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Newbie Question


RusticOvertoneJD
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So I have just discovered geocaching and I am already in love with it, even though I have not yet found a single cache. I grasp that starting this hobby a few days after the biggest snowstorm in the past 35 years here in New England is probably poor timing but I just couldn't wait to check it out. Unfortunately after trying a dozen or so locations I still had not logged a single find, again, I'm sure a big part of that was the snow but one thing I kept coming across was "this is in a geo-obvious location". Unfortunately, this being my first day geocaching, I have no idea what "geo-obvious" is. Could someone provide me with some examples of a "geo-obvious" location? Also, if it helps, I was seaching in fairly populated areas, assuming that they would be most excessable with the snow situation. For example, I went to a few different Dunkin Donuts that were sapose to have caches in "geo-obvious" places but since I didn't know what those may be and i didn't want to look like a creep lurking around the outside of Dunkins, i took a quick look and moved on. Anyways, thanks for any help you can provide, i can't wait for the nice weather so i can really dig in to this new hobby!

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Ok - I'll just be blunt - if you found yourself in a parking lot near a lamppost of some description - the plastic/metal skirts near the base will often slide up. One of the most overused cache locations in many urban areas. Nearby areas are also common targets as the obvious lamppost gets focused on too much sometimes.

 

Otherwise...

 

Here are some general hints:

 

Look for caches with a difficulty of 2 or less for your fist few caches. Stick with regular sized caches for your first few. Micros can be quite hard to find sometimes. Stick to areas you are familiar with. Look for anything out of place or unusual. Look for unusual piles of sticks, grass, leaves, rocks, sand, etc. Feel where you cannot look. Think vertical, not all caches are on the ground. Look up or at eye level. Look for traces of previous searches to zero in on the spot. Think like the hider - where would you put a container in this location? Look for things too new, too old, too perfect, not like the others, too many, too few. Change your perspective - a shift in lighting can sometimes reveal a cache. Keep in mind that many micros are magnetic or attached to something (via string, wire etc). Slowly expand your search area to about 40 feet from where your GPS says ground zero is. Bring garden gloves and a flashlight - they help! Be prepared to not find the cache more often then you think.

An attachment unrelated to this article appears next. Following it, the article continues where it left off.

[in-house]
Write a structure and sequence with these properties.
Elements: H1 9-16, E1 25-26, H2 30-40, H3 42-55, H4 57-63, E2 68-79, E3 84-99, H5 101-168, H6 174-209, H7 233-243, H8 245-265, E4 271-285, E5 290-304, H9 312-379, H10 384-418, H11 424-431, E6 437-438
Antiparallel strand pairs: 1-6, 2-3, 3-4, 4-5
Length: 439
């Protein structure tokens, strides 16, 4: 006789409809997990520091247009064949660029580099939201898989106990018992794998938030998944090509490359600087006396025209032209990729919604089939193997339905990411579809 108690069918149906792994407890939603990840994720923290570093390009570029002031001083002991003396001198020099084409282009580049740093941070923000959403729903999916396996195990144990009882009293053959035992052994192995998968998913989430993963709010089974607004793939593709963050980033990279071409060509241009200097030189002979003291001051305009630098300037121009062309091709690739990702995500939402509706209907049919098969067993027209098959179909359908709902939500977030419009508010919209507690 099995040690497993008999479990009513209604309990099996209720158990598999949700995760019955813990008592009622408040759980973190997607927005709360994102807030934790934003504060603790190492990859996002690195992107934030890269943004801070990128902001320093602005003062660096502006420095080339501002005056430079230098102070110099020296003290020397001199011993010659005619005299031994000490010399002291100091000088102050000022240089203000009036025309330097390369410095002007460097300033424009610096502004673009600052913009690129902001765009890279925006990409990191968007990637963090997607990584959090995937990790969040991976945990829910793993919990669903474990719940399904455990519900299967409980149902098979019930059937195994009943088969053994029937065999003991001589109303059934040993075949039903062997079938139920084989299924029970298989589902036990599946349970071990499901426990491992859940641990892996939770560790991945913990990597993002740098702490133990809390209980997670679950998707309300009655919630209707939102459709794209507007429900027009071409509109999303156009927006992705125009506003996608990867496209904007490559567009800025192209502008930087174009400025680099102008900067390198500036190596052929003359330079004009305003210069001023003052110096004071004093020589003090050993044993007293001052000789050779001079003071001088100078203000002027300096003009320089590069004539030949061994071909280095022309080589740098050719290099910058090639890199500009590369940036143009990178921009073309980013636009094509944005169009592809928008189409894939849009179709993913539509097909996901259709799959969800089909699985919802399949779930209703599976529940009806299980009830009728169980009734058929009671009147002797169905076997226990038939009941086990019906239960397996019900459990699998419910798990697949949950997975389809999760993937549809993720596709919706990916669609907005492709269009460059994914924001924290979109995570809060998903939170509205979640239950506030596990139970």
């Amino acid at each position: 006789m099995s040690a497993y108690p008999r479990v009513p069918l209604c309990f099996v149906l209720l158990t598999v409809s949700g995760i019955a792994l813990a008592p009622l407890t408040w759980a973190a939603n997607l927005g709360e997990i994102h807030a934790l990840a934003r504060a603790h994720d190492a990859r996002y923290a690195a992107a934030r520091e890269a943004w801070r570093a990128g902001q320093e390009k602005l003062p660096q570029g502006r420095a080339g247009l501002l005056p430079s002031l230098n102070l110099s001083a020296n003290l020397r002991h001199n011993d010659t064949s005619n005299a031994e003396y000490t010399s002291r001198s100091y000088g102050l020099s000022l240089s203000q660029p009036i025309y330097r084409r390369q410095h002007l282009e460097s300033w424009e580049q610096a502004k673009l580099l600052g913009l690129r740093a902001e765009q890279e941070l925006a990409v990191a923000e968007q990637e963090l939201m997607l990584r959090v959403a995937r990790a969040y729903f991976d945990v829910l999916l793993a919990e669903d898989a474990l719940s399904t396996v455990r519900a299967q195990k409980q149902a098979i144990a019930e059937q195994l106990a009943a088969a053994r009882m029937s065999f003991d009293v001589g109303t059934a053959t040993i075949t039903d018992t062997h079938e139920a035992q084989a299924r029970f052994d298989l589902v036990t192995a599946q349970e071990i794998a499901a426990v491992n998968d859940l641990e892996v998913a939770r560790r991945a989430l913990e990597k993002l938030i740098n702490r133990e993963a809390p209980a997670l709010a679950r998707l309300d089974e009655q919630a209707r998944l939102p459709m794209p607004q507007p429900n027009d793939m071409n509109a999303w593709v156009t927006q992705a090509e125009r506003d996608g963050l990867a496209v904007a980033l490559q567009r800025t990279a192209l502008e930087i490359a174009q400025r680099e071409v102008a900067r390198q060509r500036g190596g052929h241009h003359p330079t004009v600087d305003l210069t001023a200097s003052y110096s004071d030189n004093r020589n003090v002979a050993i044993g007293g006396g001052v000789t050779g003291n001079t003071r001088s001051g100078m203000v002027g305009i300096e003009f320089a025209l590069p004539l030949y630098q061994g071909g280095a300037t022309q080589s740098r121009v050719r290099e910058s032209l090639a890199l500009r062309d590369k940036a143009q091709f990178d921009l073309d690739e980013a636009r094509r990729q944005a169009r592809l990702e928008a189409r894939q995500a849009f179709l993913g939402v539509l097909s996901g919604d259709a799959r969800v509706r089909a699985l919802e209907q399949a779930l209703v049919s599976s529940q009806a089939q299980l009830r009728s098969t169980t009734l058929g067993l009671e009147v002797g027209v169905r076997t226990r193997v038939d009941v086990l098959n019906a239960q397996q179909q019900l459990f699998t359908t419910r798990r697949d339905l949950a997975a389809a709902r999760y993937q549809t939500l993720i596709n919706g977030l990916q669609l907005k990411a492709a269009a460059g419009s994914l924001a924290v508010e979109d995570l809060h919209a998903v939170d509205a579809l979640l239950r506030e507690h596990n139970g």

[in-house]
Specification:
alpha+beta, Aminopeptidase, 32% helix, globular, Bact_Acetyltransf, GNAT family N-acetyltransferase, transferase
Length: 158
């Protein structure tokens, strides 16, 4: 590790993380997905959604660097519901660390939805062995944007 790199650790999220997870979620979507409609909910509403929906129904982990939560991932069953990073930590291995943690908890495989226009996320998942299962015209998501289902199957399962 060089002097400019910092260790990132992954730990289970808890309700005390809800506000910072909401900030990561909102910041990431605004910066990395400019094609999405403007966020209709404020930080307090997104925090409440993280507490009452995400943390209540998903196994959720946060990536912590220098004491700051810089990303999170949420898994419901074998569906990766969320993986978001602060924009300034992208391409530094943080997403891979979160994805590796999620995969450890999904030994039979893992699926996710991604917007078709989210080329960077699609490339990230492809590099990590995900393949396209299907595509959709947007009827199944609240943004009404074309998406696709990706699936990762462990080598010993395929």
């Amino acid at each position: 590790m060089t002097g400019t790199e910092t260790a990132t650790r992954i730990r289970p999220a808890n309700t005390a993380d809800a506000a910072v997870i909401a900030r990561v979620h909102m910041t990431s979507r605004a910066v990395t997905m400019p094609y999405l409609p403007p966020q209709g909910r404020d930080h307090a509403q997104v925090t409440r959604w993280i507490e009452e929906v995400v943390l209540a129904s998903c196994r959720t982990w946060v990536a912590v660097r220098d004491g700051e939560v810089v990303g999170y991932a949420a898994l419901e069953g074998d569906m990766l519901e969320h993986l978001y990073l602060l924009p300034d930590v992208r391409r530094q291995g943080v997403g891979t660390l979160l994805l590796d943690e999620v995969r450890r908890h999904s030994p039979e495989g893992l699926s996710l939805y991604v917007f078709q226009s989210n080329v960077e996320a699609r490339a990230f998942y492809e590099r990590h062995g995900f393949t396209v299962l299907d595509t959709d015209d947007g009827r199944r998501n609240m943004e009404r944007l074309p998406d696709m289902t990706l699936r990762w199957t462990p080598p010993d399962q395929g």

Most of all - have fun!!

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Many micro-sized caches are magnetic. You may find them attached to street signs, park benches, etc. This may mean that they are above the snow level as well, caches are not always on the ground. This becomes second nature after awhile, but it might not occur to a newbie.

 

Also, check those lamp post skirts....very common hide but very unexpected and devious for the uninitiated 😎

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I would say that the key to getting used to geocaching is to get out of the urban environment. Concentrate on caches in parks or open spaces, and look for "Regular" or "Large" caches with a lower difficulty and terrain rating. Don't bother with the micros until you get used to the simple act of following your GPS pointer to as close to "zero" (or "Ground Zero/"GZ") as you can get. Put your GPS in your pocket, and start looking around. Look for places you might hide a container in that setting. Look for what might be out of place: a pile of rocks, a stack of sticks, etc.